People of the Philippines vs. Felimon Patentes y Zamora

G.R. No. 190178, February 12, 2014

Patentes was charged with forcible abduction with rape and 7 counts of rape. During trial, AAA, the complainant testified that she was threatened and brought to the accused’s residence where she was raped for 8 days. She claims to have been mauled, boxed, slapped, tied, and dragged, and only managed to escape after her agreement that she will marry Patentes. They arranged the marriage with AAA’s mother but due to latter’s disapproval and surprise to the fast-paced events, she talked to AAA and there she learned about AAA’s ordeal.

Patentes argued that he accompanied AAA to bring medicines to her grandmother. Patentes offered to bring AAA to her house but AAA refused and insisted that she wanted to live with AAA because she’s fed up with her mother calling her ‘buntog’ or prostitute. She stayed with AAA together with his family. She slept in the same room with Patentes and she was freely roaming the house. That the AAA’s grandfather even visited 2 days after their living together and AAA’s mother’s disapproved of the marriage because of Patente’s social standing.

ISSUE: Whether or not a person accused of rape may be convicted based solely on the testimony of victim who positively identified him to be the perpetrator notwithstanding blatant inconsistencies therein.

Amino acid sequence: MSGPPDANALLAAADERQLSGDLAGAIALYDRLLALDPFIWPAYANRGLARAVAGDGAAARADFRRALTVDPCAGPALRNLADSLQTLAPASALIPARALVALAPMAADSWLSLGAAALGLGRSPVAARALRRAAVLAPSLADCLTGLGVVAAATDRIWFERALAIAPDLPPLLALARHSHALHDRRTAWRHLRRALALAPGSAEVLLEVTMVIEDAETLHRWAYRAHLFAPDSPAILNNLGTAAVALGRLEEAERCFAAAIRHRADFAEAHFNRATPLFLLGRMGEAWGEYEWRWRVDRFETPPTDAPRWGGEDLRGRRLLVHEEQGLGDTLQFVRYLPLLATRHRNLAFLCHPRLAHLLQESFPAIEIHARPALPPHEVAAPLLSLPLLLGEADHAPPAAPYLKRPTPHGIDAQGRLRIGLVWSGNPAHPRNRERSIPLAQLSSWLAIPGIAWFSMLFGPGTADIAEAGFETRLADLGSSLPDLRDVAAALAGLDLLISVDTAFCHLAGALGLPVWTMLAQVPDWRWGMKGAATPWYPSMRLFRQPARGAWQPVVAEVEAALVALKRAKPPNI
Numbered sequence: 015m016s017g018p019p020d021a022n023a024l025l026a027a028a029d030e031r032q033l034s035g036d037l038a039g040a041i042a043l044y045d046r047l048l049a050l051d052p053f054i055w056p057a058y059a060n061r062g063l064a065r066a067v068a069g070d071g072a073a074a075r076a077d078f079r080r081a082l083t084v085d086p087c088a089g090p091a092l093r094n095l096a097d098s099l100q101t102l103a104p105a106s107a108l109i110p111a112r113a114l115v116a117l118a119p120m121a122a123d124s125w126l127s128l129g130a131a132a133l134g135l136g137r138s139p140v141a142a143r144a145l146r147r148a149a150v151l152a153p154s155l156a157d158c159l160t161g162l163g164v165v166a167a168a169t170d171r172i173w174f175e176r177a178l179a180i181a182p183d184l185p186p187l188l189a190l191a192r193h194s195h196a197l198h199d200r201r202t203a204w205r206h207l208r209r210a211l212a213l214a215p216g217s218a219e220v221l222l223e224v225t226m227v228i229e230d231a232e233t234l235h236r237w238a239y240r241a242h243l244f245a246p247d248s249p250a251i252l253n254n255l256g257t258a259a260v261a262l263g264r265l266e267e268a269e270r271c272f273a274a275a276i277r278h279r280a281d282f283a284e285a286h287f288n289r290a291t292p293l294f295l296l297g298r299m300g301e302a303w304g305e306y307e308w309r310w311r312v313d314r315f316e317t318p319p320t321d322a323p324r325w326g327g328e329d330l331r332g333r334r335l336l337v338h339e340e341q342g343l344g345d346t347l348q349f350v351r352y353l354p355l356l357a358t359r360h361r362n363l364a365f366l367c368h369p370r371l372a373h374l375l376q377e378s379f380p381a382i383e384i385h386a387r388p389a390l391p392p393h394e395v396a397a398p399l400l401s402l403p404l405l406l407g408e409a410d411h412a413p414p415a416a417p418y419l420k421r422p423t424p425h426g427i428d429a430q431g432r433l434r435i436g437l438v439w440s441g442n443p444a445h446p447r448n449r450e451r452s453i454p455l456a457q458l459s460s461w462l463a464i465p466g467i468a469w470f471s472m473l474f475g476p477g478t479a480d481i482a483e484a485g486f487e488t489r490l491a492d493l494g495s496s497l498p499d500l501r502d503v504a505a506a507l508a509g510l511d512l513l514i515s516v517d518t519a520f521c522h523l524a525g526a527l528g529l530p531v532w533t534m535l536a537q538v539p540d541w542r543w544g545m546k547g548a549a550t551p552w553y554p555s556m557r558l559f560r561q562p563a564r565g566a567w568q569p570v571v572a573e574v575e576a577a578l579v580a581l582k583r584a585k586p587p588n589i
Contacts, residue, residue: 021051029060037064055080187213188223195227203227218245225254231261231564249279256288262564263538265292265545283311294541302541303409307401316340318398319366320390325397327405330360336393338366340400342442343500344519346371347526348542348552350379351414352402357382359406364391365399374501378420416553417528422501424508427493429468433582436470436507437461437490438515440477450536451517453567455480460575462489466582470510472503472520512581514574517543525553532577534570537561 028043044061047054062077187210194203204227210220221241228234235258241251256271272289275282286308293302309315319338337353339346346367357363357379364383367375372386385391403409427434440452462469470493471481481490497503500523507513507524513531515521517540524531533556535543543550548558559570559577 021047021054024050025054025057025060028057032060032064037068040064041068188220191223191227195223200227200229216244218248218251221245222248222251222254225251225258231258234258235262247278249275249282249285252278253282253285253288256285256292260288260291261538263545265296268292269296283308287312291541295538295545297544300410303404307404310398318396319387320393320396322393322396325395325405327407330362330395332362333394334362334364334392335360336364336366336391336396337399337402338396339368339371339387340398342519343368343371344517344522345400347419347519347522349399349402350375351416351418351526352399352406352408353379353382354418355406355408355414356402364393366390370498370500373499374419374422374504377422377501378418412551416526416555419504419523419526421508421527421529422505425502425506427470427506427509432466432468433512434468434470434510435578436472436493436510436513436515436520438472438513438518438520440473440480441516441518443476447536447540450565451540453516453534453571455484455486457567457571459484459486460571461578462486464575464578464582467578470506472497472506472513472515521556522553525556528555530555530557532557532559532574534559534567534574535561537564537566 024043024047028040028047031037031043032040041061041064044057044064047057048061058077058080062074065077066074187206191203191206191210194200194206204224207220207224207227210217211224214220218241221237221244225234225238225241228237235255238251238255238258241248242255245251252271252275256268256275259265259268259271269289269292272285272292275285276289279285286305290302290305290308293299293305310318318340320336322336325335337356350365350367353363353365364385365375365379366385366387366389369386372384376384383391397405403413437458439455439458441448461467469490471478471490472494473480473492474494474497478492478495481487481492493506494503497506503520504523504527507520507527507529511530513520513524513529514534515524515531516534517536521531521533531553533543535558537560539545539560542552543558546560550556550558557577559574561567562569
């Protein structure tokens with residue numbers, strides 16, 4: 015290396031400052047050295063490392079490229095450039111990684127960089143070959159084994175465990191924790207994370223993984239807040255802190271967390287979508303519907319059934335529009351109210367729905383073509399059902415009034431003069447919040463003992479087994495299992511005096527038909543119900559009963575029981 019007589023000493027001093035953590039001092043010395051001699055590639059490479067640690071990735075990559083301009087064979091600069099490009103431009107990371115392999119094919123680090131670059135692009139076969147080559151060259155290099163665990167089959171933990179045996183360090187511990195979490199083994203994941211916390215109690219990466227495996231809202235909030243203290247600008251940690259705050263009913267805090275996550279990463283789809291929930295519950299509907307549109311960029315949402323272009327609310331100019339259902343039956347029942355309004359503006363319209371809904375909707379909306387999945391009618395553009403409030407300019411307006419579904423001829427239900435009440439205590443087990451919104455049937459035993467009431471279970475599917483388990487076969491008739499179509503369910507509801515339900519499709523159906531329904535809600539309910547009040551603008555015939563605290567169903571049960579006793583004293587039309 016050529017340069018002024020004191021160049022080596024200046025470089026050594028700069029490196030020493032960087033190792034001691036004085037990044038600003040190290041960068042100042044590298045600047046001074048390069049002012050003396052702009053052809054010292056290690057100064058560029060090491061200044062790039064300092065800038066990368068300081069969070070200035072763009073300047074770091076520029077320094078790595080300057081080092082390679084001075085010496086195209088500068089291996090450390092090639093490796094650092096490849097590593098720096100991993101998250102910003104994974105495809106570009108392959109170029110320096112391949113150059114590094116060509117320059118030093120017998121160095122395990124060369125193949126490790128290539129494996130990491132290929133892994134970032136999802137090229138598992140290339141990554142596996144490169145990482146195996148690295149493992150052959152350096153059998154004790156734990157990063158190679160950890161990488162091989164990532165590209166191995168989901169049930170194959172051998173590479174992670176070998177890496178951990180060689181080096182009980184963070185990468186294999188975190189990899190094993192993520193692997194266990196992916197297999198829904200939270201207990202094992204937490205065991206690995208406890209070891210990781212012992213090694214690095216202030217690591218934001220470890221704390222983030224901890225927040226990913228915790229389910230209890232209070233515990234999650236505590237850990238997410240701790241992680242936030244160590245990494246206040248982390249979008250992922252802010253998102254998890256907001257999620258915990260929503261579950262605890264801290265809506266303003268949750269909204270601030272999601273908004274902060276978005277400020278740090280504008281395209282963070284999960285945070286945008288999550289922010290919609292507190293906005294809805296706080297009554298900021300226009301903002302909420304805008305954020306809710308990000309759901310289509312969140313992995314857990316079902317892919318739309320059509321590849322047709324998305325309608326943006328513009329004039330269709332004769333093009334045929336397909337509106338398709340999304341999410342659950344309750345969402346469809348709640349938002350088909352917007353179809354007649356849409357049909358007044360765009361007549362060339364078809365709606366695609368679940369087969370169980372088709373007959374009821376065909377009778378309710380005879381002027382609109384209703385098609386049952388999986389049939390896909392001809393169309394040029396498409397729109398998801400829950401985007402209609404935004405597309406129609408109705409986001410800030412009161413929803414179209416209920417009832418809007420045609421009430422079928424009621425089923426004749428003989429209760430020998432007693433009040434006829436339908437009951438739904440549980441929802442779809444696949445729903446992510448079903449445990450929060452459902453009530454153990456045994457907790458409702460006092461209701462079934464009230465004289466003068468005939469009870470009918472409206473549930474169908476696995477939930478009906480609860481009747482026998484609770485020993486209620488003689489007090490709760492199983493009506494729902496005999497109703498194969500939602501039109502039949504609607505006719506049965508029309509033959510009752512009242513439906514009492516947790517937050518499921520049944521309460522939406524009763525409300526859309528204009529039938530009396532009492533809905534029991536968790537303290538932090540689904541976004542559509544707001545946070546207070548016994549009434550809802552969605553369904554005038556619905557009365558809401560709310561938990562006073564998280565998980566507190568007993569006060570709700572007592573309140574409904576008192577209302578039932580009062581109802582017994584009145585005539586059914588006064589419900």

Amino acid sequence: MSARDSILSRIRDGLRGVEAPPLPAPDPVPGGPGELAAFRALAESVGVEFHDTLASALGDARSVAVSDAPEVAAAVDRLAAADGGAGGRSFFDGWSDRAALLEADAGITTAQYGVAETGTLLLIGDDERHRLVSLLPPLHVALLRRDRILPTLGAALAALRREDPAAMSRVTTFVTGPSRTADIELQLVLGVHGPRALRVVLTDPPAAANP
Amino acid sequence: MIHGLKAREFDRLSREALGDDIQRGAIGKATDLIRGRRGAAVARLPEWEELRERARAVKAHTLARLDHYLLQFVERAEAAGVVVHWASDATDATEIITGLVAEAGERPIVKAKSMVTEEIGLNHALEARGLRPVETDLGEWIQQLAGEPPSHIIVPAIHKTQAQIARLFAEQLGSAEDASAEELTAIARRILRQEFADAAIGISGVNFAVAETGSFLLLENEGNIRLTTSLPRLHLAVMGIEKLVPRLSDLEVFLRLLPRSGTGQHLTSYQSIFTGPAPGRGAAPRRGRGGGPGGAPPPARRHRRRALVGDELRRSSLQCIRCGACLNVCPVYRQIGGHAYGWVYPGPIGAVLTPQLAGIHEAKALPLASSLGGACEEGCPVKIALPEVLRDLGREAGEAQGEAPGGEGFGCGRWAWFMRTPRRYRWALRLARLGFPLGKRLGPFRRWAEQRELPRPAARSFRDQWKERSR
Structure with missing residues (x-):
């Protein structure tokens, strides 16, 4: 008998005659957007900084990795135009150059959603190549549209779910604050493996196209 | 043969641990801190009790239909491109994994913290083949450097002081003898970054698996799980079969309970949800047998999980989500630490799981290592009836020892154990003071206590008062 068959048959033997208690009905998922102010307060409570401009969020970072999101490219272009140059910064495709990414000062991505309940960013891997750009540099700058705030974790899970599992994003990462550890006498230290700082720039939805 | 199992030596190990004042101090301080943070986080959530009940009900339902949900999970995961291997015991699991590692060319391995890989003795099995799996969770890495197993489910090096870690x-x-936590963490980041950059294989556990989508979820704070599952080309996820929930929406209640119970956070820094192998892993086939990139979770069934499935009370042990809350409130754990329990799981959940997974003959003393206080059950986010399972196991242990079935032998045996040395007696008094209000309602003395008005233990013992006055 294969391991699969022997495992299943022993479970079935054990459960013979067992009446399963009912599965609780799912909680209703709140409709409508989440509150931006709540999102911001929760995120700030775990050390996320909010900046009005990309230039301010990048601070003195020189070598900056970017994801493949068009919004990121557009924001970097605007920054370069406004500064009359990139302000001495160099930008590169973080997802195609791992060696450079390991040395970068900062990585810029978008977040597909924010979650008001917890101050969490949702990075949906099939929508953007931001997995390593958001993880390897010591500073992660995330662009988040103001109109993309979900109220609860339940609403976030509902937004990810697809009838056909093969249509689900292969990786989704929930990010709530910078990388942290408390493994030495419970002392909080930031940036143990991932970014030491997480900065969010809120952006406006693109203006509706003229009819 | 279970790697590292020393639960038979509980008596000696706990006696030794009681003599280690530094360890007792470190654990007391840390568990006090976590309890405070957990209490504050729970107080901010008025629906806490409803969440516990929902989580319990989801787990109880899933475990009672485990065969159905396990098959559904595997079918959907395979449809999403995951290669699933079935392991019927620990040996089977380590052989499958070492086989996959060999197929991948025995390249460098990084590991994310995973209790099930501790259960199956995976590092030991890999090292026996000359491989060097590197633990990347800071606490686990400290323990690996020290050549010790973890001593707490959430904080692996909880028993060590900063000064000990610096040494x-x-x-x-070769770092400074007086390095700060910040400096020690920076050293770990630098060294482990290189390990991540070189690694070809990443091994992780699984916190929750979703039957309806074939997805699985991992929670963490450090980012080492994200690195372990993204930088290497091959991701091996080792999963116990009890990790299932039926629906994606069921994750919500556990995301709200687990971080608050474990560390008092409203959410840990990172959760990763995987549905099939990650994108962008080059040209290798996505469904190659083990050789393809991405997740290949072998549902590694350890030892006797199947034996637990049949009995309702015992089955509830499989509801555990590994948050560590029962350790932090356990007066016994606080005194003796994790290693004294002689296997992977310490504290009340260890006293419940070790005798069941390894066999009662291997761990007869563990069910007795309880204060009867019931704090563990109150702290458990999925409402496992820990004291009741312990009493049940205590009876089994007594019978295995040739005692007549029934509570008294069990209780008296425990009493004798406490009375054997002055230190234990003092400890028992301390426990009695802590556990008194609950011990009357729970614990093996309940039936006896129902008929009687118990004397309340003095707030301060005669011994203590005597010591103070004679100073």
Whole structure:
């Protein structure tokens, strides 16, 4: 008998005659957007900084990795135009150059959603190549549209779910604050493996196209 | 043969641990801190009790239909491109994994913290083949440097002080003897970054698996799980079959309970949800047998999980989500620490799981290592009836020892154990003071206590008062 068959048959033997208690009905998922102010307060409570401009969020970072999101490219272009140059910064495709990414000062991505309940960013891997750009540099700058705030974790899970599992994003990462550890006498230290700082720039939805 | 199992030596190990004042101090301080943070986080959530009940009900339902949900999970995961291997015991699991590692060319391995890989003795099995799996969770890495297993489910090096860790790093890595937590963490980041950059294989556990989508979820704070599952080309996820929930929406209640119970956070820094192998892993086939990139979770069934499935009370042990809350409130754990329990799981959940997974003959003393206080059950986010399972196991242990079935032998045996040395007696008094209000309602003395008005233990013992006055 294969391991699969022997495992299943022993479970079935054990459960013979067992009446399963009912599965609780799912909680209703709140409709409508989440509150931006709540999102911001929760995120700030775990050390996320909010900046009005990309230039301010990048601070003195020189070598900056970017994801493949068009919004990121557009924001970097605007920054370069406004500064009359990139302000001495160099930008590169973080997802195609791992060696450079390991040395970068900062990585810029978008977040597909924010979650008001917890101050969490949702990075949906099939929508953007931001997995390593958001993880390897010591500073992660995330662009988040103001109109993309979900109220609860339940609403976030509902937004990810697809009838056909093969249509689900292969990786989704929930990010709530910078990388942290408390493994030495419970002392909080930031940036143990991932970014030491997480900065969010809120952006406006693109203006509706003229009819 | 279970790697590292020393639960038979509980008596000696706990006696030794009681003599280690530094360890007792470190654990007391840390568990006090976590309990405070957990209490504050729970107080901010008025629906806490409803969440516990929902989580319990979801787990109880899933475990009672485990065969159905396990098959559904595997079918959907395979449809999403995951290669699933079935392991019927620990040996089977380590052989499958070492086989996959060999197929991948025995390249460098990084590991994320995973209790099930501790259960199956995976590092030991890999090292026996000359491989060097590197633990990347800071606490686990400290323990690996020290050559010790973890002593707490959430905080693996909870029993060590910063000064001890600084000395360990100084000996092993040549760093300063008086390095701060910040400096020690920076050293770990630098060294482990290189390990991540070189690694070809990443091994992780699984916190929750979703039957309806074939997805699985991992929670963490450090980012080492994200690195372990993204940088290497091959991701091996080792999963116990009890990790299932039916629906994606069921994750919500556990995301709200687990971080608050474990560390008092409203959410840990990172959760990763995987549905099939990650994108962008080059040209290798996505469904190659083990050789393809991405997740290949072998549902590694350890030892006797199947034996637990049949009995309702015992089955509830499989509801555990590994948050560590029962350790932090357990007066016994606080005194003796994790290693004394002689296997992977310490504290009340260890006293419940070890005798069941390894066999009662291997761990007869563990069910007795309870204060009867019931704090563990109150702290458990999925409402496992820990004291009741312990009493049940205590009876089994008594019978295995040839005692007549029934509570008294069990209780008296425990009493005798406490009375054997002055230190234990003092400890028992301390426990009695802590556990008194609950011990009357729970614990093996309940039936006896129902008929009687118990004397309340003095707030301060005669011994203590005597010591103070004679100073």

In reviewing rape cases, the Court is guided by the following principles: (1) to accuse a man of rape is easy, but to disprove the accusation is difficult, though the accused may be innocent; (2) inasmuch as only two persons are usually involved in the crime of rape, the testimony of the complainant should be scrutinized with great caution; and (3) the evidence for the prosecution must stand or fall on its own merit and should not be allowed to draw strength from the weakness of the evidence for the defense. So long as the private complainant’s testimony meets the test of credibility, the accused may be convicted on the basis thereof.

The time-honored test in determining the value of the testimony of a witness is its compatibility with human knowledge, observation and common experience of man. Thus, whatever is repugnant to the standards of human knowledge, observation and experience becomes incredible and must lie outside judicial cognizance. The following inconsistencies in complainant’s testimony is found to be incompatible to human experience:
(1) the admission that she during her abduction she was brought to accused’s house where 8 family members of the latter also resides;
(2) that she was not able to ask for help from any of the family member nor any of them was able to realize that accused was keeping her against her will;
(3) the discussion of wedding plans with her friend after her ordeal;
(4) admission that she was able to visit her grandmother within the period of the alleged abduction when she was supposed to be kept inside accused’s house against her will; and
(5) lastly, that she was repeated mauled by accused on their way to his to residence and within the duration of abduction but no physical injuries was seen during the medical examination conducted after the incident. A conviction in a criminal case must be supported by proof beyond reasonable doubt, which means a moral certainty that the accused is guilty; the burden of proof rests upon the prosecution. In the case at bar, the prosecution has failed to discharge its burden of establishing with moral certainty the truthfulness of the charge that appellant had carnal knowledge of AAA against her will using threats, force or intimidation.

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